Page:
“Why did you want to have a baby so much?”
“Why put yourself through that kind of risk?”
“Why are you risking the health of your baby?”
These are questions I’ve been asked, between this pregnancy and my last. On one hand, these are valid questions, questions that I anticipated getting and tried to prepare for. On the other hand, they’re frustrating because MOST women are not asked to justify their pregnancies, so why should I have to (which will be a post for a later date)?
Nonetheless, I decided that these are questions worth answering, at least for the sake of being totally open. I hope my thought process (and I say mine because I do not want to speak for my husband, who may have arrived at the same conclusions through a different route) will help others struggling with the same decision and at least promote tolerance for people who make the choice that Mark and I have made.
Note: This is me talking about MY experience. I am in NO WAY judging anyone else who could not or decided not to have children. MY decision is just that – mine – and it may not be right for someone else.
I could just say, in response, “we had a baby because we wanted to,” but that’s so incomplete. On one hand, some women just have an urge to procreate. Yes, many men want kids, but I think this NEED to have a baby is unique to women, in a way that I can’t explain. Not all women feel this need, and that’s just fine, but I did. I desperately wanted the opportunity to experience pregnancy, if I knew that it would be reasonable for me to do so. Is that selfish? I wondered that sometimes. But I also think that motherhood, however you come by it, is one of the most selflLESS things a woman can do, so maybe wanting to be pregnant isn’t so bad.
Mark and I are both very research-focused people. I spent a couple of years doing my homework before we decided to try to get pregnant the first time, and then I did more before trying for this baby. If I REALLY thought there was a serious risk to my health, I wouldn’t be pregnant. I know the statistics are on my side (the chances for complications are VERY small), and if something does go wrong, it was meant to be. I could have a spontaneous, massive aortic dissection from being pregnant and die, it’s true. And today, on the way home from an appointment, the car next to me had its tires spontaneously catch fire. The driver began to spin out of control, crossed into our lane, and hit the wall before bouncing off it and stopping not far in front of me. So, he could have hit and killed me today.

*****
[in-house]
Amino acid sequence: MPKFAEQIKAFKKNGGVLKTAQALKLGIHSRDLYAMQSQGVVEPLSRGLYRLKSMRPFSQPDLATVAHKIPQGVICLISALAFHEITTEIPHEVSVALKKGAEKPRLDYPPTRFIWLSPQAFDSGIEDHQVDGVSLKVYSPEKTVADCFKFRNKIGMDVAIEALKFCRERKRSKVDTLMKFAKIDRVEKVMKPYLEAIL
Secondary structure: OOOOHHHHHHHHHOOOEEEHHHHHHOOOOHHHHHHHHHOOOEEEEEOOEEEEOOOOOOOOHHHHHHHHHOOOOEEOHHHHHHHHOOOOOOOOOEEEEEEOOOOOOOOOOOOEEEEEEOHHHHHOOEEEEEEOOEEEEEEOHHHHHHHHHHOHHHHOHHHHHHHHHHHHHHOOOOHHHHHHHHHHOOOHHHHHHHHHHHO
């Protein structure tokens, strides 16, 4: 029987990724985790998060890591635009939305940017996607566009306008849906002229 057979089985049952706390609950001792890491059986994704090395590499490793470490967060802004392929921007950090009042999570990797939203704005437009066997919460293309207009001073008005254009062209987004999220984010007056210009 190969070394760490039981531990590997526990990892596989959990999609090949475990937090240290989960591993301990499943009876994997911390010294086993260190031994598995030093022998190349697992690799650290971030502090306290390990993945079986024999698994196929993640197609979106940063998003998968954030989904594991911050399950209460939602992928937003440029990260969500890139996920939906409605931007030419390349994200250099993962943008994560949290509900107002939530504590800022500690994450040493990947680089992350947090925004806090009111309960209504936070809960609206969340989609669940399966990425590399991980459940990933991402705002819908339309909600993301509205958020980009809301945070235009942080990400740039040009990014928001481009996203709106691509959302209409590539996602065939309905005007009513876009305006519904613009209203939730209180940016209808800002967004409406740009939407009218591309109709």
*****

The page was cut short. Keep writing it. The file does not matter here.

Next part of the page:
If we live our lives in fear of the far-out what-ifs, we miss out on a lot.
I remember a passionate Internet debate about having children knowing there was a 50% chance they’d inherit Marfan. Words like selfish and sin were tossed around. The conversations stuck with me for a long time. How could my future spouse and I choosing to have a baby be a sin?
I don’t talk about my religion a lot, but I think it’s impossible to explain the rest of thought process without mentioning a few of my beliefs. I believe that no matter how “good” we are, we’re going to have challenges. I believe our purpose here is to learn and grow and experience things and make decisions and eventually return to God and say this is what I did with the time you gave me. I believe if we ask, God will help us make our important decisions. And I know that ultimately, things work out.
So when I considered having a child with Marfan syndrome, I thought a lot about my beliefs. And here’s the thing. I can’t control a lot of factors. Even if I used pre-implantation genetic diagnosis to ensure I didn’t have a baby with Marfan, who knows if I’d have a healthy baby? My mom struck out 3 for 3 on having totally healthy kids (all different illnesses, by the way). My husband was diagnosed with two chronic illnesses as an adult. One of my friends adopted a child who, it turned out, had Marfan. Life has no guarantees.
Here’s what I can control. I can try to be an awesome mom. I can provide a safe, happy environment for my children. I know a LOT about Marfan syndrome. If this child has Marfan, I can provide him/her access to the best doctors, the latest research, and a community so close-knit I call them my family. I can love this baby for who they are: a gift that we have been entrusted with.
Are my decisions perfect? I don’t know. But whenever I doubt, I remember what Mark told me when I was pregnant with Menininho: there are no perfect parents, just perfect love.